June 19, 1865, is the day when word of emancipation finally reached Black people who were enslaved in Texas — two months after the Civil War ended and two years after slavery was abolished. Since then, Juneteenth has been recognized as the official end of slavery in the United States, and today we honor the legacy of those who fought for freedom.
But despite slavery ending more than 150 years ago, systemic racism continues for Black people and other people of color, including discrimination in housing, transportation, education, and employment. The planning and public policy professions have contributed to these inequities, including racial segregation, redlining, and discriminatory zoning codes.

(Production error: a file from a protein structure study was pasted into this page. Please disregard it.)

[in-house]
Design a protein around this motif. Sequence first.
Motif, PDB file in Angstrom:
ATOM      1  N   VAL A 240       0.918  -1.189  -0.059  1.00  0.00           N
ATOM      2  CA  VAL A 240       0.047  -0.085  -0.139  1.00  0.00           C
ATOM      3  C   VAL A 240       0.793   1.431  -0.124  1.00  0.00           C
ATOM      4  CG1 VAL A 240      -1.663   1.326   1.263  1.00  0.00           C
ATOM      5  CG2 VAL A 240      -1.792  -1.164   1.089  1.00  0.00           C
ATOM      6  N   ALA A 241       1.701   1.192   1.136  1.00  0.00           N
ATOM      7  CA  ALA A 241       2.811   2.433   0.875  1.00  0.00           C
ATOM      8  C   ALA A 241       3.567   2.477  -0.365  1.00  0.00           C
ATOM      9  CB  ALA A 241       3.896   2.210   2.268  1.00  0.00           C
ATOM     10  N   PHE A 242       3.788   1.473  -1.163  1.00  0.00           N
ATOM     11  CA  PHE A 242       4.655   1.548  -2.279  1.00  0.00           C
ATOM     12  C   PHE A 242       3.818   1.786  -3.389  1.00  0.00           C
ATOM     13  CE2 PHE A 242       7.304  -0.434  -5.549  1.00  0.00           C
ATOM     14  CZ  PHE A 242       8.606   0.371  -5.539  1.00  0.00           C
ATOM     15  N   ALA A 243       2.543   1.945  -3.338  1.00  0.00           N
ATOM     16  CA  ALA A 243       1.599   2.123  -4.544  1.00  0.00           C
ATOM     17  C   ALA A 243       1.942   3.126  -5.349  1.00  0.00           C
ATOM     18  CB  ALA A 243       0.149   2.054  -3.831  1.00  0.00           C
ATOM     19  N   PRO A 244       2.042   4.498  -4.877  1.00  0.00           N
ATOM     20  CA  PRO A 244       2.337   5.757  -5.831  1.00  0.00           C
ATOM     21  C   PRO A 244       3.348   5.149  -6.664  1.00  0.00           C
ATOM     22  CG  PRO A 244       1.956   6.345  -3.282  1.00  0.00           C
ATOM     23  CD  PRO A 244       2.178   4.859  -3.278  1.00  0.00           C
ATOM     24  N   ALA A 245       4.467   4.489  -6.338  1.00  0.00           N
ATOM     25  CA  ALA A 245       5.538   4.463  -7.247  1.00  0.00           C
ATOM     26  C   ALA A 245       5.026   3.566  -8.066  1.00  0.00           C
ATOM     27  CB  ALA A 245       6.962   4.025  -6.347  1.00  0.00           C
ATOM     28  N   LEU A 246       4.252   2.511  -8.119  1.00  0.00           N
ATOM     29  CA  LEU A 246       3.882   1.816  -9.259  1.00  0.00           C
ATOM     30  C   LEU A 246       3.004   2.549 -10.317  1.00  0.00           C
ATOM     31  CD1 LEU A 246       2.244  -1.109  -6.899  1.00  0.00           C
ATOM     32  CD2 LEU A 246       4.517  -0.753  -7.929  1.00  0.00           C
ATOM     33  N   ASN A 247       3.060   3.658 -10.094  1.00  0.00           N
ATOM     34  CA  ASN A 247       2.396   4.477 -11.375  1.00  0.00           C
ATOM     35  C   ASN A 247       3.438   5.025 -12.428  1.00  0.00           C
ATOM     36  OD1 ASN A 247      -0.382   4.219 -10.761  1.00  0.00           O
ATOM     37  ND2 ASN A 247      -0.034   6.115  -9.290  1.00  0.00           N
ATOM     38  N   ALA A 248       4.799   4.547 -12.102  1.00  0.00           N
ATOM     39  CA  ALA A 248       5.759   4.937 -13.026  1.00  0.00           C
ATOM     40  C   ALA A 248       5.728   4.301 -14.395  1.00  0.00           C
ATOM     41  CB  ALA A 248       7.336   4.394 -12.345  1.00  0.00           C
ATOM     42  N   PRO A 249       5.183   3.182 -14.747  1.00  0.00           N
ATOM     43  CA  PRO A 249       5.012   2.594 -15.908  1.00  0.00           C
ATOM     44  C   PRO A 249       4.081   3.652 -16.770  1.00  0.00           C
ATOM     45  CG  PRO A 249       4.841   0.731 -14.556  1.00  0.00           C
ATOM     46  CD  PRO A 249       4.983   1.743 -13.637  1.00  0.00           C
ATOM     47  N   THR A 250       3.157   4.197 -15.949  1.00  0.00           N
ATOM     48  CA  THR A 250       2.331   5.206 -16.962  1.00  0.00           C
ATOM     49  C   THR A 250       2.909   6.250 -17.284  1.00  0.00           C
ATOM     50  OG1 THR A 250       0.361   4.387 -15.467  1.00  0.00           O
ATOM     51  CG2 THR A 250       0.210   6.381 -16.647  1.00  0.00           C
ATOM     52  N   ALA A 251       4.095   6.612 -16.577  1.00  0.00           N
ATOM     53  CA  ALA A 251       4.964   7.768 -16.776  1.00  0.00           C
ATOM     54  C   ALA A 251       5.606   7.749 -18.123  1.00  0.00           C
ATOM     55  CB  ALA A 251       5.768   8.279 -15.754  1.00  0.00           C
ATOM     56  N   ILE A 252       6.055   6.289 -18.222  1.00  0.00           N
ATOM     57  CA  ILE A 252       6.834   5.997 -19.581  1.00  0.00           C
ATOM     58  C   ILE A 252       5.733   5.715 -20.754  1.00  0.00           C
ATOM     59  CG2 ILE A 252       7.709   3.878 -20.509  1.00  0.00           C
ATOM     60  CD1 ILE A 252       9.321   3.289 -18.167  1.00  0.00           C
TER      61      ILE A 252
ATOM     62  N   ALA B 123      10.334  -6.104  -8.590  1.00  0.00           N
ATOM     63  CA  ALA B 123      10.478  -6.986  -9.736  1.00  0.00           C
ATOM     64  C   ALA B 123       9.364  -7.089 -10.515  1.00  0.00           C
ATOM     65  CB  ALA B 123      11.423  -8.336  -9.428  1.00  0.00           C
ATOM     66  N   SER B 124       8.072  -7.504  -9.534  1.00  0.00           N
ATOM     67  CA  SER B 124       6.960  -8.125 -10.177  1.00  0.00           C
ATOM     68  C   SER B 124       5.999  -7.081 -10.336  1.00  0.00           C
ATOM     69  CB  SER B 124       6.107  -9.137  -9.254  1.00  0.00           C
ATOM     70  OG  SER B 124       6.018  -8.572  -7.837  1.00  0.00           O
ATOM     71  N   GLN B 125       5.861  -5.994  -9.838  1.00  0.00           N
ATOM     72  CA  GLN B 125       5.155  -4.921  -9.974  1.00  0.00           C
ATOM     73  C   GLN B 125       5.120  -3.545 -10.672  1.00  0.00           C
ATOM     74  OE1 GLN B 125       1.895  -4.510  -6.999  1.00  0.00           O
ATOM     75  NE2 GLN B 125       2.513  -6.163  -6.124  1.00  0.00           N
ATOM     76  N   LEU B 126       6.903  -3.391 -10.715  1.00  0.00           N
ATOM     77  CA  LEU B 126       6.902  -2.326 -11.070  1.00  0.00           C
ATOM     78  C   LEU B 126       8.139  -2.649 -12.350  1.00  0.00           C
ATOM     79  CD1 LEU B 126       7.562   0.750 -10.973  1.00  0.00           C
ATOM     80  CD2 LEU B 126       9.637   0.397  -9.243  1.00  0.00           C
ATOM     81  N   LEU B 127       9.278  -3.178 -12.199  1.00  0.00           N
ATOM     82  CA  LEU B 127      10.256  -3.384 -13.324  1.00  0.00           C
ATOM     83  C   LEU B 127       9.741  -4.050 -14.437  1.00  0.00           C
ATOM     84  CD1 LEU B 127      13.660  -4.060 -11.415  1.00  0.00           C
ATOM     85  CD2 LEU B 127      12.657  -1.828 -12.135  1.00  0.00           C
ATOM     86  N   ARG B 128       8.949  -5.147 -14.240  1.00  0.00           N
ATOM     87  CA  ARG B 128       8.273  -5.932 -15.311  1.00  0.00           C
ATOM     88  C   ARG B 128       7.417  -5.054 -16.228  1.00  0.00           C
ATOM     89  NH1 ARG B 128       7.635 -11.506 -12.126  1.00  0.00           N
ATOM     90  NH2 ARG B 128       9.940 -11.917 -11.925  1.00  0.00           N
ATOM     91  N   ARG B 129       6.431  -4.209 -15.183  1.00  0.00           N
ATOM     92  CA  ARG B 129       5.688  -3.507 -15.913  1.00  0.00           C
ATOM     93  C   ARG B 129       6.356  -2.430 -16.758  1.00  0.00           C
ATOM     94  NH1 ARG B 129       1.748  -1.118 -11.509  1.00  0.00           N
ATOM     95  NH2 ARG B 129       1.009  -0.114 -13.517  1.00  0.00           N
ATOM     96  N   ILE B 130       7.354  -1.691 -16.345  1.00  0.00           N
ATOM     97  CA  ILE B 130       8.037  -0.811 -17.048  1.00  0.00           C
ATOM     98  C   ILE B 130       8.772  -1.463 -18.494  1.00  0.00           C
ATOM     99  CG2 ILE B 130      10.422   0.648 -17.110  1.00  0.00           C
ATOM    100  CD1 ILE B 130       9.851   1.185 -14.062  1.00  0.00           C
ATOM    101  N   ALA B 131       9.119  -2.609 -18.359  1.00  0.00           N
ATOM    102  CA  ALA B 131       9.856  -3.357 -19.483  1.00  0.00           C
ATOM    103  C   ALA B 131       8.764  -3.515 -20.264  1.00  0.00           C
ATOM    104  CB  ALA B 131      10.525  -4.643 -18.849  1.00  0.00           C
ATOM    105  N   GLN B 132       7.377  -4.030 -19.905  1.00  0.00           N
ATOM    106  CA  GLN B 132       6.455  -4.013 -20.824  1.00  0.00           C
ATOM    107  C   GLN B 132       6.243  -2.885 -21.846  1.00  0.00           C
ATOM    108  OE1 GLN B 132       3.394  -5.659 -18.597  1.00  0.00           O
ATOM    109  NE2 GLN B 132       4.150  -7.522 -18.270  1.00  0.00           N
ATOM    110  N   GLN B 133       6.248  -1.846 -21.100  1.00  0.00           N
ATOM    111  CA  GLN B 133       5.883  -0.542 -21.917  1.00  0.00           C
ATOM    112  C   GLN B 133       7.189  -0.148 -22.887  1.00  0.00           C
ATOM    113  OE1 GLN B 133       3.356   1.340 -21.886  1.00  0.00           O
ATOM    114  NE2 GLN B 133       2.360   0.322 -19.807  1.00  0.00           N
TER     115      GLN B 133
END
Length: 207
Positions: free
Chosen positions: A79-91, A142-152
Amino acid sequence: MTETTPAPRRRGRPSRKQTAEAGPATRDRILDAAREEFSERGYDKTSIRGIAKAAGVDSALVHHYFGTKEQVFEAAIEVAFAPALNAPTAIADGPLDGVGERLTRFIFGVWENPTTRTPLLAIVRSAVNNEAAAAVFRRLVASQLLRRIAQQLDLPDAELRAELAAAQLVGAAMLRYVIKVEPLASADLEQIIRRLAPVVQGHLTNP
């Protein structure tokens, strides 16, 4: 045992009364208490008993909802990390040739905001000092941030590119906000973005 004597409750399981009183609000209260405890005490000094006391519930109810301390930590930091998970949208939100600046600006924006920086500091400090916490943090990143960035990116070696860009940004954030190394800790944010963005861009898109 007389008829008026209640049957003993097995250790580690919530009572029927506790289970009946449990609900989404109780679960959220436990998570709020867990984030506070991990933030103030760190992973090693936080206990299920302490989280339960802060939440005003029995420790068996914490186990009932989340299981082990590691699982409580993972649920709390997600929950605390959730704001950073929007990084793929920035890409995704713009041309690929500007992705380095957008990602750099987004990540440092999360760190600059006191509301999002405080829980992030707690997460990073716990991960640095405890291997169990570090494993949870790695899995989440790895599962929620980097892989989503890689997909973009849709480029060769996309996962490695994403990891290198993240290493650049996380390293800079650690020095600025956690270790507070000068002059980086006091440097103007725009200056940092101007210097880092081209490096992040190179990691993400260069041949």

While we commemorate this historic day, we also recognize that we have much more work to do. Here at CMAP, we are committed to advancing equity and justice in our communities, incorporating it into our comprehensive plan for the region. Learn more about the historical legacy of Juneteenth, the importance of celebrating the holiday, and ways you can celebrate this year.